The narratives of Adie and Taimur share a preoccupation with the threat of the virtual disembodiment of experience. What happens, then, to the body in the virtual world? As Spiegel articulates, the VR project is an endeavor of “[t]ime travel [...]. The matter transporter. Embodied art; a life-sized poem that we can live inside. It’s the grail we’ve been after since the first campfire recital. The defeat of space and time. The final victory of the imagination” (PtD 159). For Spiegel, VR at once gives art a body at the same time as it eliminates the “space and time” of the physical world. Virtual reality is more than a representation of reality, for it virtually eliminates the boundaries between art and life, the boundaries of time, and the limits of the imagination. This, of course, is the purpose of the technology. The philosopher Mark C. Taylor looks at Plowing the Dark and contends that “[t]he dream inspiring VR technology is to render the virtual real and the real virtual by erasing the interface separating mind and matter” (92). Hayles expands upon this notion and focuses on perception to question whether the material world is, in fact, a ‘real’ one: “Virtual reality technologies are fascinating because they make visually immediate the perception that a world of information exists parallel to the ‘real’ world, the former intersecting the latter at many points and in many ways” (14). Virtual reality eliminates boundaries by manipulating the perceptions of the mind and simultaneously problematizes the role of the body, or “matter,” in the experience of reality (Taylor 92). What results is a reconsideration of the very nature of being. Spiegel articulates as much: “VR reinvents the terms of existence,” he tells Adie, “[i]t redefines what it means to be human” (PtD 160). As Hayles would argue, this process simultaneously renders the subject, as well as reveals the subject to be, posthuman.
Hayles, working with a term that had been introduced to academic discourse in the 1970s,6 defines the posthuman as a “point of view” characterized by a set of four assumptions that have played out over a period of history since the end of the Second World War (2). The first of these assumptions is that the posthuman view “privileges informational pattern over material instantiation, so that embodiment in a biological substrate is seen as an accident of history rather than an inevitability of life” (2). In other words, posthumanism has a hierarchical understanding of information and embodiment: Information and patterns are privileged over bodies and physical presence, but materiality nevertheless remains. The second assumption of the posthuman view disrupts the traditional hierarchy of seeing consciousness as the “seat of human identity” (3). Rather, consciousness is a “minor sideshow” (3), secondary to the informational patterns described above. The third assumption “thinks of the body as the original prosthesis we all learn to manipulate, so that extending or replacing the body with other prostheses becomes a continuation of a process that began before we were born” (3). This leads to the fourth and final assumption, that is, that human beings can be “seamlessly articulated with intelligent machines” (3).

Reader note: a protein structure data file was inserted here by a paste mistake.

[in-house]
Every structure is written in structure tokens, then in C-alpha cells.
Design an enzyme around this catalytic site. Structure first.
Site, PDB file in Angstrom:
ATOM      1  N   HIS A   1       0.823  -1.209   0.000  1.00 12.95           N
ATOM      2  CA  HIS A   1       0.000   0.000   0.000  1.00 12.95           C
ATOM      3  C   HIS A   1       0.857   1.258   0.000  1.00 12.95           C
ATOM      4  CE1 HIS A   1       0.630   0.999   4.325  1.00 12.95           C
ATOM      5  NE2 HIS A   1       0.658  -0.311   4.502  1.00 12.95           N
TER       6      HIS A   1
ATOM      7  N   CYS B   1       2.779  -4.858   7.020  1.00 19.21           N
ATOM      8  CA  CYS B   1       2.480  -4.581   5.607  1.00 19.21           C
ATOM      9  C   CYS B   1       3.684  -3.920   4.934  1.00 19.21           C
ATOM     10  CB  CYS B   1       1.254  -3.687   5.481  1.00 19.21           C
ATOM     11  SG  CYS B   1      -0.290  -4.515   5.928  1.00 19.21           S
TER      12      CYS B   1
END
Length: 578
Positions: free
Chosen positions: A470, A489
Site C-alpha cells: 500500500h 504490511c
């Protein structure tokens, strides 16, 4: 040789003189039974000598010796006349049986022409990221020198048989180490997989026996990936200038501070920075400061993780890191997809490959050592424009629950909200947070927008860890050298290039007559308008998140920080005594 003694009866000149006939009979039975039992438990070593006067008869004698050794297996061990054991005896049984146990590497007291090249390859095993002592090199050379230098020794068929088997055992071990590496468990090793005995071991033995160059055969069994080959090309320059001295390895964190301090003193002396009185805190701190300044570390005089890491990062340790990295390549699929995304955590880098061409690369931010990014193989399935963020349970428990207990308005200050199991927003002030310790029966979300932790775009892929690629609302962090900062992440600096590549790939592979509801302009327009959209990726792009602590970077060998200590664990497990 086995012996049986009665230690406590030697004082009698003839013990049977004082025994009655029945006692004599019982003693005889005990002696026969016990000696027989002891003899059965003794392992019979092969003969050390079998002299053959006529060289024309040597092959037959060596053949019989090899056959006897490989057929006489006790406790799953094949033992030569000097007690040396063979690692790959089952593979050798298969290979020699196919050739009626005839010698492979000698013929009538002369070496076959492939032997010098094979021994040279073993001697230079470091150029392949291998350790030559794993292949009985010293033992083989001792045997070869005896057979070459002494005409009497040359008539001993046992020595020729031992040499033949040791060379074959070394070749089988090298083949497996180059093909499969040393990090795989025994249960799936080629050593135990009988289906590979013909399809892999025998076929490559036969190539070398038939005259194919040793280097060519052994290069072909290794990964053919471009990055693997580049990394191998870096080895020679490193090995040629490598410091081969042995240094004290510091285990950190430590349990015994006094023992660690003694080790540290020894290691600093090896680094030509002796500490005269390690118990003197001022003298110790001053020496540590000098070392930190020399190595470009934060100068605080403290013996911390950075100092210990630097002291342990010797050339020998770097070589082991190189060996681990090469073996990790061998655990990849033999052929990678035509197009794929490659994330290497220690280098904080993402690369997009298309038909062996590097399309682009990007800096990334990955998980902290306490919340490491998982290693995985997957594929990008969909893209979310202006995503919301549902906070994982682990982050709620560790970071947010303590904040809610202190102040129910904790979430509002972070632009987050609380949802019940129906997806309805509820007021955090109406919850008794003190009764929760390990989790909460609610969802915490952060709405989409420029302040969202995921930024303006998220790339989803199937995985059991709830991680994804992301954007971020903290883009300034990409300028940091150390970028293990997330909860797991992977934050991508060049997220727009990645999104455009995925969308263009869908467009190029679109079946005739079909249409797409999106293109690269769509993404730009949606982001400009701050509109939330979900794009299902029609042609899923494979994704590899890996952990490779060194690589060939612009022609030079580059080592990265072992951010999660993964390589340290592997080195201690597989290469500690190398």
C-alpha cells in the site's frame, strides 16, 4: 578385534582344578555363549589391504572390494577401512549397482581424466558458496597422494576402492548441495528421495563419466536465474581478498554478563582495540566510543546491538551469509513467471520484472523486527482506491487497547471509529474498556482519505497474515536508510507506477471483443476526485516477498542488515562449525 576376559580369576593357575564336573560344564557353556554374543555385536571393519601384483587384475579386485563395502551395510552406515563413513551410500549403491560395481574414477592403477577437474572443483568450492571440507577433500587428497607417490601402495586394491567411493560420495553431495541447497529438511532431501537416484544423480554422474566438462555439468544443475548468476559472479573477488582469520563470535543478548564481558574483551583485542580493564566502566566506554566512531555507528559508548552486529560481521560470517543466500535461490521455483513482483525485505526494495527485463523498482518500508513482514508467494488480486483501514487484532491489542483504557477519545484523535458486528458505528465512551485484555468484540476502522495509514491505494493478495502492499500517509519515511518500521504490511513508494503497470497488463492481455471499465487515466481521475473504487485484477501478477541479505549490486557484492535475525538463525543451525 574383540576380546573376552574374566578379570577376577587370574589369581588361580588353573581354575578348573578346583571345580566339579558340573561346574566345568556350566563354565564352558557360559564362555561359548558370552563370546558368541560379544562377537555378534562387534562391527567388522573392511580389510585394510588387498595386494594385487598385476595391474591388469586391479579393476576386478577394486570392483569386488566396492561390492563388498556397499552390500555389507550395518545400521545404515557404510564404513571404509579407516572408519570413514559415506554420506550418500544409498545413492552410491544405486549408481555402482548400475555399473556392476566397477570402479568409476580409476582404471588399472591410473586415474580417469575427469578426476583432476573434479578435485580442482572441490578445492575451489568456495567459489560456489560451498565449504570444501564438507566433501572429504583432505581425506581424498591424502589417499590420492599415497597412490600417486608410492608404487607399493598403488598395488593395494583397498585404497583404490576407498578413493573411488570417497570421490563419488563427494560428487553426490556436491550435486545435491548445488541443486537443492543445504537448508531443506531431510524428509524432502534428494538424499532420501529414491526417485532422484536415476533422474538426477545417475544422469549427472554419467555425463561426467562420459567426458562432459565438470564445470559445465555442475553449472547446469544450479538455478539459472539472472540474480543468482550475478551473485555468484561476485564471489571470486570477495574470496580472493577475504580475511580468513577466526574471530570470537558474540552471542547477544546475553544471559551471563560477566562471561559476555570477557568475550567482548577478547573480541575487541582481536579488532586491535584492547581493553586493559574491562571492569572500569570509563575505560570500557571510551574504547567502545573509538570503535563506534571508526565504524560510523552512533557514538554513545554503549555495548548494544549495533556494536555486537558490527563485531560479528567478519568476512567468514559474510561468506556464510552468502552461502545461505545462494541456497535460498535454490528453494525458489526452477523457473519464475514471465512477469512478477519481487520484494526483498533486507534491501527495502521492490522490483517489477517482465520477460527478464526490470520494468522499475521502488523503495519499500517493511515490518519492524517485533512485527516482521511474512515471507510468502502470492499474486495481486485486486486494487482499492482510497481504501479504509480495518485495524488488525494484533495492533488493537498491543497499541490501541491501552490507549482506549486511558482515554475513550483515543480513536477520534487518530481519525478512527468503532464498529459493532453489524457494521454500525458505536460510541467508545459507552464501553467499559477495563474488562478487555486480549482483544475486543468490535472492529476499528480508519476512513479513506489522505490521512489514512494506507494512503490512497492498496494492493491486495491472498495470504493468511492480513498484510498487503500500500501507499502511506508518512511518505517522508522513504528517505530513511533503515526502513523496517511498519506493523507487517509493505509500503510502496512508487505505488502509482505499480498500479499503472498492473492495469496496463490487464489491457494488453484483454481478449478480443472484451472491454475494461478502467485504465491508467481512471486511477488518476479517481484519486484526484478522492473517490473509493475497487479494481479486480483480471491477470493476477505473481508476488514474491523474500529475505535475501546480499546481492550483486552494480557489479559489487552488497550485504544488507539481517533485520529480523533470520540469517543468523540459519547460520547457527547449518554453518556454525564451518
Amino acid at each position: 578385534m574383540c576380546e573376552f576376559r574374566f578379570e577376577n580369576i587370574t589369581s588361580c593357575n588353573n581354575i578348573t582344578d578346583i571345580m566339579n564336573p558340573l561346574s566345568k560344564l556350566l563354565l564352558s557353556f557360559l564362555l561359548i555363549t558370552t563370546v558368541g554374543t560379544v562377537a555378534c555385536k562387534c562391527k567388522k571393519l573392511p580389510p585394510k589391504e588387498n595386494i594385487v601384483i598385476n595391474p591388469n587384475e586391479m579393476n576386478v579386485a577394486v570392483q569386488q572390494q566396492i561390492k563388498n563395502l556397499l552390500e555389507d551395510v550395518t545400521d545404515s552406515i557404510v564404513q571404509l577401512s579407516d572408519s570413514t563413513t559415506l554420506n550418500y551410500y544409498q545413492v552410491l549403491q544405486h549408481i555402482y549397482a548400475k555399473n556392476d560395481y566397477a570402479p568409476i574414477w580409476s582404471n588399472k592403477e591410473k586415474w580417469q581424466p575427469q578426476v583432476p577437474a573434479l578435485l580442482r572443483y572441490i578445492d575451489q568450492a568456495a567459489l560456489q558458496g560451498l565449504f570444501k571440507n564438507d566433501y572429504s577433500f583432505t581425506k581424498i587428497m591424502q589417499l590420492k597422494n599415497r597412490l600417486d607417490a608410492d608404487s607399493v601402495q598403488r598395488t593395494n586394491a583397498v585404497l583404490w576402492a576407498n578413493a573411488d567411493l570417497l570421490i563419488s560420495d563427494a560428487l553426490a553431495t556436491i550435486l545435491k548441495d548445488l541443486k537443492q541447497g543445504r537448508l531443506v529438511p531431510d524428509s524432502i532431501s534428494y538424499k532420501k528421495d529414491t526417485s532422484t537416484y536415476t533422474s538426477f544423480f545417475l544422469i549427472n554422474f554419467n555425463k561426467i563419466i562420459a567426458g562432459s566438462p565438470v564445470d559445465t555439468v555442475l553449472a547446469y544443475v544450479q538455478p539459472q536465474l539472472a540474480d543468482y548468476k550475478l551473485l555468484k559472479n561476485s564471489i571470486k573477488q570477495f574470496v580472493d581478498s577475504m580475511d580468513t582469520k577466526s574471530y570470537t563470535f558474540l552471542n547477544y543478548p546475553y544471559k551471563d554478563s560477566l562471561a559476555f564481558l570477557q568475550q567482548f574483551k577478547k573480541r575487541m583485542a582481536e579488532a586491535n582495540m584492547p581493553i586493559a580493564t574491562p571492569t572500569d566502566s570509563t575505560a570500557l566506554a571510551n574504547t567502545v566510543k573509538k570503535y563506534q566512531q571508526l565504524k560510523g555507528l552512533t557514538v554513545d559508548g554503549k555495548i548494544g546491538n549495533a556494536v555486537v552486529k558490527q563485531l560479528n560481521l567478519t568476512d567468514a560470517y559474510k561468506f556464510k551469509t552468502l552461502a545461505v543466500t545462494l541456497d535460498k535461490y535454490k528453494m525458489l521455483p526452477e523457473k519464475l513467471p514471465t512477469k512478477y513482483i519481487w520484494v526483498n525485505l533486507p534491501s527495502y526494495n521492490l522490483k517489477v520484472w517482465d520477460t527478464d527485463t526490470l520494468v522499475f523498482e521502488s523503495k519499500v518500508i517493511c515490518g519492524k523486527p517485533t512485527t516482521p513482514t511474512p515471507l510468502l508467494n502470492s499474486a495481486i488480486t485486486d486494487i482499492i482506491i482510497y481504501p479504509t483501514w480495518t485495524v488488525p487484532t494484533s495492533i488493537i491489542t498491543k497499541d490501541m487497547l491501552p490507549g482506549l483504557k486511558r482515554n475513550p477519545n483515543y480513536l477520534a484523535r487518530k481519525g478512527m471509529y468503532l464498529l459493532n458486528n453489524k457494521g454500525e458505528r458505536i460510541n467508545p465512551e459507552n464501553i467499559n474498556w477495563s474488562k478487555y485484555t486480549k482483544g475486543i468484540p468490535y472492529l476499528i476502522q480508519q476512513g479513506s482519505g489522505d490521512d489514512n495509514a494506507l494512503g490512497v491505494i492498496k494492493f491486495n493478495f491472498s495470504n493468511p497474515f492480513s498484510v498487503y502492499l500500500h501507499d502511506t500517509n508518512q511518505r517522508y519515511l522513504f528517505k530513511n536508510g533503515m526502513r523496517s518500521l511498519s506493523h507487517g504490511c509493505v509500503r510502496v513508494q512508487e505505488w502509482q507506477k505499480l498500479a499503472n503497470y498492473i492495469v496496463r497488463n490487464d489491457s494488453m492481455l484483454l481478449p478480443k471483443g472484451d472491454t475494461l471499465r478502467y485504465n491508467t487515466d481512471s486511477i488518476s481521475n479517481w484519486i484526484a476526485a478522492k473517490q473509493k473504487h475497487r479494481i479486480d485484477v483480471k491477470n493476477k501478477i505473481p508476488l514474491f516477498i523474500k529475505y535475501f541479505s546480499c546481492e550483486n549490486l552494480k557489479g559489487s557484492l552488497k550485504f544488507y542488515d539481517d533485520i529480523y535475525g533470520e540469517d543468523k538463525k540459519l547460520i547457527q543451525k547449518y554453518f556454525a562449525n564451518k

As situated by Hayles, posthumanism emerged in tandem with what she refers to as the “third wave” of cybernetic theory, which began around 1980 (10-11). Cybernetics as a scientific discipline emerged in the late 1940s as a theoretical tool to explore the effects of transmission of information within a given system. Hayles describes the first wave of cybernetic development from 1945 to 1960 as emphasizing the concept of homeostasis, which Hayles defines as, “[t]raditionally, [...] the ability of living organisms to maintain steady states when they are buffeted by fickle environments” (8). The focus shifts away from homeostasis and toward reflexivity during the very influential period of “second-order cybernetics” from 1960 to 1980 (10). As discussed above, reflexivity refers to the idea in which the generating elements of a system become part of said system generated ad infinitum. The second wave of cybernetics was profoundly influential as a result of its so-called “reflexive turn” (10), which shifted the interest from “the cybernetics of the observed system to the cybernetics of the observer” (11), thereby redefining the boundaries of a system to include the observer as part of the system. This radically changed the understanding of a system’s structure. At the same time, it gave rise to the ideas of self-organization and “autopoiesis,” or self-making, which organisms within a system undergo to “continually [...] produce and reproduce the organization that defines them as systems” (10). These ideas of self-making and self-organization soon gave way to the idea of “emergence,” or artificial life (11). Thus began the “third wave” of cybernetics around 1980 (11), a phase that asks fundamental questions about the relationship between information and different forms of life. Hayles defines this “third wave” (11) as being marked by “virtuality” (7), which refers to the ways in which “informational patterns” and materiality become enmeshed (14). It is during this phase that the posthuman emerges as “an informational-material entity” (11).